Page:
Seasonal, Dispersed and Ephemeral
Author(s): Roland Fletcher
This is an abstract from the "Ephemeral Aggregated Settlements: Fluidity, Failure or Resilience?" session, at the 84th annual meeting of the Society for American Archaeology.
By convention urban settlements have been described as densely inhabited, permanently sedentary, and usually protected by barriers. While the latter might be conceded the other two were, until early in the 21st century, assumed to be definitive and fundamental to the functions of urbanism. The definition was a pillar of stage theory. In reality, none of these categories is either necessary or sufficient and indeed a settlement can wholly lack these features and still unambiguously possess the operational functions associated with other conventionally recognised cities. Places like the moving capitals of the Ethiopian Empire in the 16th and the 19th century and the great imperial Mongol ordu of the 12th century operated seasonally on an unambiguous urban scale as imperial capitals with substantial military and merchantile associations. Recognition of these settlements further dissipates the urban category and removes the conventional material, urban classificatory pillar from Stage Theory – which as yet has not been replaced by a viable theoretical alternative. Without a new frame of reference the meaning of urbanism has diffused so far that its ephemeral shadow engulfs the fundamental topic which we urgently need to understand.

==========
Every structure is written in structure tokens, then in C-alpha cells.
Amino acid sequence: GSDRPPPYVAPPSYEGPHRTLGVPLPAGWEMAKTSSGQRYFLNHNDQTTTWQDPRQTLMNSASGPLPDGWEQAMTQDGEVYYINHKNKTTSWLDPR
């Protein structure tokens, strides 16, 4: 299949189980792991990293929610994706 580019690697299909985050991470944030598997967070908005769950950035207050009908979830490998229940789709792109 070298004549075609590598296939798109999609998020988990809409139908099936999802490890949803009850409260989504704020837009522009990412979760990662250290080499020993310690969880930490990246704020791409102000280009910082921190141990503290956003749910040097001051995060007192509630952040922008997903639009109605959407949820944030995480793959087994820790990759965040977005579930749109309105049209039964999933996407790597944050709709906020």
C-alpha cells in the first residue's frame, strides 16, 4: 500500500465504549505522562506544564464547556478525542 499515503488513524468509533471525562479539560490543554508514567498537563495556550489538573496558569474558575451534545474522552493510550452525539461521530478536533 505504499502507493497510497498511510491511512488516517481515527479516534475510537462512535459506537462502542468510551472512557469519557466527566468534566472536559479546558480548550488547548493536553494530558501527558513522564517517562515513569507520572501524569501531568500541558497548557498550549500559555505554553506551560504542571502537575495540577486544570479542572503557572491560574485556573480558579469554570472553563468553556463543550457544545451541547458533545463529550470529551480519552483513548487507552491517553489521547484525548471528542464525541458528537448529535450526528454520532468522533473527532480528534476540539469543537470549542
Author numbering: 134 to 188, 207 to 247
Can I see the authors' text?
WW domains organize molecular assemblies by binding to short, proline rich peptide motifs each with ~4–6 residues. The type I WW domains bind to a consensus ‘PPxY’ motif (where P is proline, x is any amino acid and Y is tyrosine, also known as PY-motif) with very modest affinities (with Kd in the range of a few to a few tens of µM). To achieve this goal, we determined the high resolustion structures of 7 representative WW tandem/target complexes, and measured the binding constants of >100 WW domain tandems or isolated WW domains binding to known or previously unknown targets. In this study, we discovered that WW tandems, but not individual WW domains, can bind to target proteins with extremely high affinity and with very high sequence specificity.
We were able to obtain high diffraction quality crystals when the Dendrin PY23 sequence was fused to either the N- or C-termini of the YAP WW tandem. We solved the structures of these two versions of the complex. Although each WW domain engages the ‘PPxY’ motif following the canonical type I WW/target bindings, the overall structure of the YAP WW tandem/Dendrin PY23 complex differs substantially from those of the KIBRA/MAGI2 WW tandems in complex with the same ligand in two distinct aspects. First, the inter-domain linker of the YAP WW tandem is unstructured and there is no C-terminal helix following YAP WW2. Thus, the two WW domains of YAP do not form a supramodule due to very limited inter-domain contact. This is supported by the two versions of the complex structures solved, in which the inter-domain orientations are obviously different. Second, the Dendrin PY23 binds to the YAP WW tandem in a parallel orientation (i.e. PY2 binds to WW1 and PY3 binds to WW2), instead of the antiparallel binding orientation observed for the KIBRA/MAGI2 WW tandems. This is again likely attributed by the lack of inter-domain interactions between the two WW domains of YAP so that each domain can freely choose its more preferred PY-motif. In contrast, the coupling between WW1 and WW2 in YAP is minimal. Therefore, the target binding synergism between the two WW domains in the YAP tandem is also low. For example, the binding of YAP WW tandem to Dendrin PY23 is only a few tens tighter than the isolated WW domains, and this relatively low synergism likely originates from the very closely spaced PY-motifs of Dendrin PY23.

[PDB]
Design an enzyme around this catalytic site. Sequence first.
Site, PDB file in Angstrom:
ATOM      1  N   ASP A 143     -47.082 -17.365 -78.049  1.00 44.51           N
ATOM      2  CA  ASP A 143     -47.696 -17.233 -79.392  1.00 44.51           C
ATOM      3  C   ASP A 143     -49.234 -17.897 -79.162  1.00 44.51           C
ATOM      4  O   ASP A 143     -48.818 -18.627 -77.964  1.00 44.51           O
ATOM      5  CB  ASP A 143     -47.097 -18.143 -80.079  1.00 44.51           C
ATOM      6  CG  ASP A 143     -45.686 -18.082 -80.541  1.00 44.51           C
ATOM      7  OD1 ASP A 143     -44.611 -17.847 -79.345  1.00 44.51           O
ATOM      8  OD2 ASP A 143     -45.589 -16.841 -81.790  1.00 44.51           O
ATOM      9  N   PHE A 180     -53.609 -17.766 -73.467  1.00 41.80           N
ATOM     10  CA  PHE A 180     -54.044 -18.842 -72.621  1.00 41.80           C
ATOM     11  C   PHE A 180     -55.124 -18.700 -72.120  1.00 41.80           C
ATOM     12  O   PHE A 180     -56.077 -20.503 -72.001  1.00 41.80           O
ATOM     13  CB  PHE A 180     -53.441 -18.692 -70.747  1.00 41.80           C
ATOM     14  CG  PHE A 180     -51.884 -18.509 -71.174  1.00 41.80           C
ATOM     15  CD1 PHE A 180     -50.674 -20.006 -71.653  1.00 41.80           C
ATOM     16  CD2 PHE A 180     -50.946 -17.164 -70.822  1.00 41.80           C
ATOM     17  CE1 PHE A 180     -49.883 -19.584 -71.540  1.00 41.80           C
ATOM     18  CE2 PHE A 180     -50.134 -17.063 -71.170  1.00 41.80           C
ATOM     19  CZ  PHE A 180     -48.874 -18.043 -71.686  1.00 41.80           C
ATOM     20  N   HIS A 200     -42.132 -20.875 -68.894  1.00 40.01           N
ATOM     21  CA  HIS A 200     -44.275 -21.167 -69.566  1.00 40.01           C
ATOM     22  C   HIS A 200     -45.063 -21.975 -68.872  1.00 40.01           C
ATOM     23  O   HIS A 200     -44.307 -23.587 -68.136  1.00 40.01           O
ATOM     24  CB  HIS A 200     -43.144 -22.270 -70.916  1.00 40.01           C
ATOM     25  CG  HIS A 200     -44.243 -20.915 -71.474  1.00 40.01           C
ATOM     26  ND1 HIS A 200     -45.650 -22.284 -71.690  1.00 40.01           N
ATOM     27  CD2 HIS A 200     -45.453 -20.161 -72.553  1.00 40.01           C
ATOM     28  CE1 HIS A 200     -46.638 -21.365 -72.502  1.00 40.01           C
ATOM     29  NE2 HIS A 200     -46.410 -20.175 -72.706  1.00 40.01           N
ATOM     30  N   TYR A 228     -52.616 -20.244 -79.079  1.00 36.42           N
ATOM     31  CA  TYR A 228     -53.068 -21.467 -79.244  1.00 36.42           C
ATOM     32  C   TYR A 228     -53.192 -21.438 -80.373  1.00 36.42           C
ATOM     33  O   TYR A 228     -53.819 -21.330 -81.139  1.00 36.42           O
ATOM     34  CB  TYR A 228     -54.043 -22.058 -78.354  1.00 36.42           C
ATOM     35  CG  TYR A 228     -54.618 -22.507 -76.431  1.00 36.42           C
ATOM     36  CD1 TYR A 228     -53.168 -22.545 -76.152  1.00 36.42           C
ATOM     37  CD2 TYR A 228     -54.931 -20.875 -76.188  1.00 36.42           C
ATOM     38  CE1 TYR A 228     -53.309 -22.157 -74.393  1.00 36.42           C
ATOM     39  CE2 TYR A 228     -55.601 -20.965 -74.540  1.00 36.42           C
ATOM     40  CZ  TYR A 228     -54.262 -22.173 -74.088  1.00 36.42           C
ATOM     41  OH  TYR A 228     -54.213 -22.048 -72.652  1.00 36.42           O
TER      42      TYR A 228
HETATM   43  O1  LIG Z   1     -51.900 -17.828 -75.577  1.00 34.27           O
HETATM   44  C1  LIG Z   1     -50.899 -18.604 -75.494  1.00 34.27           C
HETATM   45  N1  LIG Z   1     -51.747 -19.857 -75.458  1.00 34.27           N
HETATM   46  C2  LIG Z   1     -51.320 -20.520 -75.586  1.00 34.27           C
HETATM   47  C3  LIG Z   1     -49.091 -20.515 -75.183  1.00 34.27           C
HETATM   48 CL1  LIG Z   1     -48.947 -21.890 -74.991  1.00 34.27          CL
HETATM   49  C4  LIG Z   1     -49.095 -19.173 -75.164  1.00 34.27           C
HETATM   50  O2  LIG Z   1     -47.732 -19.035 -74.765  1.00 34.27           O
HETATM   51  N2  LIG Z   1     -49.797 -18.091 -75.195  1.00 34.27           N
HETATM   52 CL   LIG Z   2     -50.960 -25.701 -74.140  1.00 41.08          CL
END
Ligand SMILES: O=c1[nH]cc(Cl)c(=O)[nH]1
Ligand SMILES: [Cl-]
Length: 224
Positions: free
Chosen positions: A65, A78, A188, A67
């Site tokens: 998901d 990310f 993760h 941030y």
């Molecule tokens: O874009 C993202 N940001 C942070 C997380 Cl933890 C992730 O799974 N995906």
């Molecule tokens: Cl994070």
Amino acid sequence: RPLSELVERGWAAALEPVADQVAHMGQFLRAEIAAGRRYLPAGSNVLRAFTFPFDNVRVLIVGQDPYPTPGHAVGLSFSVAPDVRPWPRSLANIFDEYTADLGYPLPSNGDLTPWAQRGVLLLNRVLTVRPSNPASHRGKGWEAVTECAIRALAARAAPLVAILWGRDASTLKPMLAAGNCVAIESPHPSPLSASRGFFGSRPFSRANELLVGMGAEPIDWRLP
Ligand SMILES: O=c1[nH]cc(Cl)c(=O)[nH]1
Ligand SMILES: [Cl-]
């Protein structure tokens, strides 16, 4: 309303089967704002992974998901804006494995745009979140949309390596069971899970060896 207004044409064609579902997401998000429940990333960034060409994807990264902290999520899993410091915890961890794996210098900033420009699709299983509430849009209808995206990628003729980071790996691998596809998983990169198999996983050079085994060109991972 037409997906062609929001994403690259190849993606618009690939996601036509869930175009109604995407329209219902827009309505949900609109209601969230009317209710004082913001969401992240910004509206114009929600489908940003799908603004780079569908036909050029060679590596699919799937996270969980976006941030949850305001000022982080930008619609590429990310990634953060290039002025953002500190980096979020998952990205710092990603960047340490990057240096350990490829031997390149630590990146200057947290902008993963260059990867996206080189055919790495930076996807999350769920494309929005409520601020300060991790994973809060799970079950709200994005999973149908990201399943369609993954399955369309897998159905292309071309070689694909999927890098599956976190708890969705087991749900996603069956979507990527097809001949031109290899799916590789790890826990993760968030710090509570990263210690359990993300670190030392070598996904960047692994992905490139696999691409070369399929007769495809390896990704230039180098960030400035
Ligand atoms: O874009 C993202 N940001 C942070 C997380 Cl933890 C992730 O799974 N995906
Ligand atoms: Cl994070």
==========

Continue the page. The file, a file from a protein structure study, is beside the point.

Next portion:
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Seasonal, Dispersed and Ephemeral. Roland Fletcher. Presented at The 84th Annual Meeting of the Society for American Archaeology, Albuquerque, NM. 2019 ( tDAR id: 450703)
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Abstract Id(s): 22946